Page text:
- The Washington Times - Tuesday, September 11, 2007

BAGHDAD (Agence France-Presse) — A group of Iraqis watching the stuttering start of proceedings before the U.S. Congress yesterday, which could influence whether U.S. troops remain in their country, said they were unimpressed.

Student Abdelbaqi al-Shimmari scoffed when the microphones went dead just as the chief U.S. commander in Iraq, Gen. David H. Petraeus, was to testify.

“If the Americans can’t make their own microphones work, how can they may things work in Iraq?” he asked.

“It is like a theater,” said teacher Abdullah Kadhim, 58, who, like others interviewed for this article, was watching the congressional hearing live on Al-Hurra television at a general store in an inner Baghdad neighborhood.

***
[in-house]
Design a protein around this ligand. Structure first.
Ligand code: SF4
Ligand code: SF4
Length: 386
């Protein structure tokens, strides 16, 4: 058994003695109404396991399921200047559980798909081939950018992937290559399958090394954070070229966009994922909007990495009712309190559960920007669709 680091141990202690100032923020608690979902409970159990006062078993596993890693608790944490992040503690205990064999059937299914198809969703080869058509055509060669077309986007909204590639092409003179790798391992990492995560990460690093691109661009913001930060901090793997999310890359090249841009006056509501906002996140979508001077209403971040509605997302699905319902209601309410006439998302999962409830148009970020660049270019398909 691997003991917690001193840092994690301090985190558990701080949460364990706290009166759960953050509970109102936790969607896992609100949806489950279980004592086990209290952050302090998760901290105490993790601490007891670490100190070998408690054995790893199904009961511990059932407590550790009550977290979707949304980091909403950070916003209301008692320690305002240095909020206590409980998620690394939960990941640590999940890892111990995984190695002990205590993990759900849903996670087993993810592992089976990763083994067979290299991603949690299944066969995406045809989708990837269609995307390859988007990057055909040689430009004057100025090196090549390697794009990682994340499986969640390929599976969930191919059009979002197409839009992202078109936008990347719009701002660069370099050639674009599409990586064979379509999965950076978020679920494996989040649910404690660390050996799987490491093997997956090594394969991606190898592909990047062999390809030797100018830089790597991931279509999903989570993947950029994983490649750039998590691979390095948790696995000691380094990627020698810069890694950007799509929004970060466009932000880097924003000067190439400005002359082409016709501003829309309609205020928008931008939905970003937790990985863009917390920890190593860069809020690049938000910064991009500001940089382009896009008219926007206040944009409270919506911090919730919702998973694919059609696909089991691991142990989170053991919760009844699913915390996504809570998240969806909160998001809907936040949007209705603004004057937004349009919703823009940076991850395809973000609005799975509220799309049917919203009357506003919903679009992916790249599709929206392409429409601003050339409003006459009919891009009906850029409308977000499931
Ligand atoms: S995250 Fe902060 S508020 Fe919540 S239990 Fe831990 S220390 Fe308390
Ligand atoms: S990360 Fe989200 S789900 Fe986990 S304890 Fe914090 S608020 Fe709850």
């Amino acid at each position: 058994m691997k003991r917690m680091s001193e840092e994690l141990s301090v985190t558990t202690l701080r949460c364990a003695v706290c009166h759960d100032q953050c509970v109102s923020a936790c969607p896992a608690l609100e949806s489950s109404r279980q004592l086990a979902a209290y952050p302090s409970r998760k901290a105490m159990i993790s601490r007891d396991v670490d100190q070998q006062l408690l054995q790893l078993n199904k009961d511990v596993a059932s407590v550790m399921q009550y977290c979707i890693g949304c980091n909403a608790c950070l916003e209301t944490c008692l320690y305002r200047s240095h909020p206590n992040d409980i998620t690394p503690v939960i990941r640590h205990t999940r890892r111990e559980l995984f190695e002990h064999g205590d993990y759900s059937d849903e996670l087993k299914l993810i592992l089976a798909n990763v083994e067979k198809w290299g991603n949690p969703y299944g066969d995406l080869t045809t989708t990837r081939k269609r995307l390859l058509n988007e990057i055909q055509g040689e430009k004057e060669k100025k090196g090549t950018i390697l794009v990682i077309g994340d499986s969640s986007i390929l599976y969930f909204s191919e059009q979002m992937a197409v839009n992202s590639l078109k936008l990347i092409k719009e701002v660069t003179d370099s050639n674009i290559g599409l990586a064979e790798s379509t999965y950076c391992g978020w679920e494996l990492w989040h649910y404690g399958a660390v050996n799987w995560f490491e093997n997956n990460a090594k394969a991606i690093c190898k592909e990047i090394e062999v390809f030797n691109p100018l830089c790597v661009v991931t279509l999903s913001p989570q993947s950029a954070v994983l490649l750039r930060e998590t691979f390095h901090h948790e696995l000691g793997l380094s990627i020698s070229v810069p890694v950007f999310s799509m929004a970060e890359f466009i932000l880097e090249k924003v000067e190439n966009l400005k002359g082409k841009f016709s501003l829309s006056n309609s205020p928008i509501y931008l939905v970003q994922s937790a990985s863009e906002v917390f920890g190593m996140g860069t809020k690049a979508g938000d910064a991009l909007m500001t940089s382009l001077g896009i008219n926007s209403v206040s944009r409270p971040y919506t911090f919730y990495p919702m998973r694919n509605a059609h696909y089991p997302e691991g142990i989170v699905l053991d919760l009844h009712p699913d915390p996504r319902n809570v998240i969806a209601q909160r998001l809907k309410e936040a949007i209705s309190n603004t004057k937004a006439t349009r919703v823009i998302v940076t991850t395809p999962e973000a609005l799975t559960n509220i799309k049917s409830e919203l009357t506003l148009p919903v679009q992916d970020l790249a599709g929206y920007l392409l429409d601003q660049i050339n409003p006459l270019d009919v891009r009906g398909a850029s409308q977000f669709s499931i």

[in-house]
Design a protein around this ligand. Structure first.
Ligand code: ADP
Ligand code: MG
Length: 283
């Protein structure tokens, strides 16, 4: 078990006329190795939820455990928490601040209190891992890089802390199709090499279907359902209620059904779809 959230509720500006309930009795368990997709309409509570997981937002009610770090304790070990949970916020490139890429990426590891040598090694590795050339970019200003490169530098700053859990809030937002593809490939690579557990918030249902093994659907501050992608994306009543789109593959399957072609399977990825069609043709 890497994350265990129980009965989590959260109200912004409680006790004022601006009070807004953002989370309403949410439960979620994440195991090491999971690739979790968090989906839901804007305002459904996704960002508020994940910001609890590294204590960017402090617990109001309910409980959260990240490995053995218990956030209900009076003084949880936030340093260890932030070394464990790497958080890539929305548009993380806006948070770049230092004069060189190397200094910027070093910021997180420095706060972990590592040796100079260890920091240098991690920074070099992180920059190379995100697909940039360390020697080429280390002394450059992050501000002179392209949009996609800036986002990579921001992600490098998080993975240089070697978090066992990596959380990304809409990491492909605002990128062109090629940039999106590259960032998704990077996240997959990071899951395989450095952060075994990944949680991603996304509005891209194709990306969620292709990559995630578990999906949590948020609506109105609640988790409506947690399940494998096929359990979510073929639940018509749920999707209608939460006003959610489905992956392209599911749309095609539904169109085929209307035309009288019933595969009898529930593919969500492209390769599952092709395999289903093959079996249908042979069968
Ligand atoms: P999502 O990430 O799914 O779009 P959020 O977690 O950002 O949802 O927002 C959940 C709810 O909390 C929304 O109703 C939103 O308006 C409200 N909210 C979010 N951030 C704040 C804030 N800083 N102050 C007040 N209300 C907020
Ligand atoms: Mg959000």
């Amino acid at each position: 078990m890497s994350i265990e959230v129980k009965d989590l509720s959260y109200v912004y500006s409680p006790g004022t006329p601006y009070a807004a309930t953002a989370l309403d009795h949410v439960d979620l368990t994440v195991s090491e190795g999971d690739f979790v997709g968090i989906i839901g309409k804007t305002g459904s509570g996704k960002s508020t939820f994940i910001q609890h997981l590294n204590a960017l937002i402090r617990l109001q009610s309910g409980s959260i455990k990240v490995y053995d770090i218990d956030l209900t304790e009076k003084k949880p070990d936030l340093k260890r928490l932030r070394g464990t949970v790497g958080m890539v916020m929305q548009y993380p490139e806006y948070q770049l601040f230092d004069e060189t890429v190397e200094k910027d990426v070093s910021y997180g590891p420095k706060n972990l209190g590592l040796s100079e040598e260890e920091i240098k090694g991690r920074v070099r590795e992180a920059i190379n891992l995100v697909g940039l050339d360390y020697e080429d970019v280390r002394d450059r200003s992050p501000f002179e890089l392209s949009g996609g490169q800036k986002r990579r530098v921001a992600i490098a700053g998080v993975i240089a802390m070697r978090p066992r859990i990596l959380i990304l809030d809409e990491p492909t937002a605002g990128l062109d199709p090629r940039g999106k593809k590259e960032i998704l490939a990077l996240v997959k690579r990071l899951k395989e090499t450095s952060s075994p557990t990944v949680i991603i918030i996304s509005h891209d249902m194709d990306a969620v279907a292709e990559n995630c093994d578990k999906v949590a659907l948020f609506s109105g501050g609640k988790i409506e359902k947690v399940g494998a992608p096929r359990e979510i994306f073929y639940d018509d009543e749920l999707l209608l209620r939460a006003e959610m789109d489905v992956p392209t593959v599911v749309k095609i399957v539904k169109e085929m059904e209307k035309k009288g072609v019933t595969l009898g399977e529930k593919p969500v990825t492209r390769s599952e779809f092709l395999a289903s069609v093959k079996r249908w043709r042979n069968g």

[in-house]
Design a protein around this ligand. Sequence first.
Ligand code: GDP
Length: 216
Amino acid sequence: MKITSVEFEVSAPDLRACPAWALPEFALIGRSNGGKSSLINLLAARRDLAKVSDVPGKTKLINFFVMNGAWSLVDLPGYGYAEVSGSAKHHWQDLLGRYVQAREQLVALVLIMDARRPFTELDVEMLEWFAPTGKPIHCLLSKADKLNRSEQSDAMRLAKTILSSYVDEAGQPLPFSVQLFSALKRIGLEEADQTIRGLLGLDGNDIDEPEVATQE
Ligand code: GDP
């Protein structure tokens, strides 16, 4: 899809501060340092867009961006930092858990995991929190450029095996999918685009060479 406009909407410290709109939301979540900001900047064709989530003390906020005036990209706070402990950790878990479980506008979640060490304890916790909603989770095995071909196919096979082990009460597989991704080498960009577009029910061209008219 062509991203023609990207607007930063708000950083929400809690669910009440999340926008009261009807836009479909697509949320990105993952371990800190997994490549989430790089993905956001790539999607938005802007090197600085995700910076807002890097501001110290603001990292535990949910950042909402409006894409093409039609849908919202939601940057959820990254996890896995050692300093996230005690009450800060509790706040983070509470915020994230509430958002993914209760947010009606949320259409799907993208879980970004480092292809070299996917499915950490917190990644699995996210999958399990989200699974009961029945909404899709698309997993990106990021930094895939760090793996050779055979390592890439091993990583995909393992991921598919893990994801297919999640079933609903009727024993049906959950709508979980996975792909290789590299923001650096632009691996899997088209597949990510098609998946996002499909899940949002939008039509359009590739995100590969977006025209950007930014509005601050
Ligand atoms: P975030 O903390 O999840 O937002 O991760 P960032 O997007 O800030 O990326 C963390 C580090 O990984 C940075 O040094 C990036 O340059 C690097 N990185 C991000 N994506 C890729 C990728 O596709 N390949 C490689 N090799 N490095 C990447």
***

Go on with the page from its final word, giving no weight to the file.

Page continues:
“Each day, they say there is a new report. They say they will bring a new change in Iraq. We can only hope there will finally be progress in security,” Mr. Kadhim said.

Saleh Adnan, 34, a car mechanic, also watching the broadcast, was dismissive.

“I don’t think this will change anything in our country because the Americans will never leave Iraq. For us, the main point is when the occupation will end,” said Mr. Adnan.

“For me, the main report will be the one which announces the American departure.”

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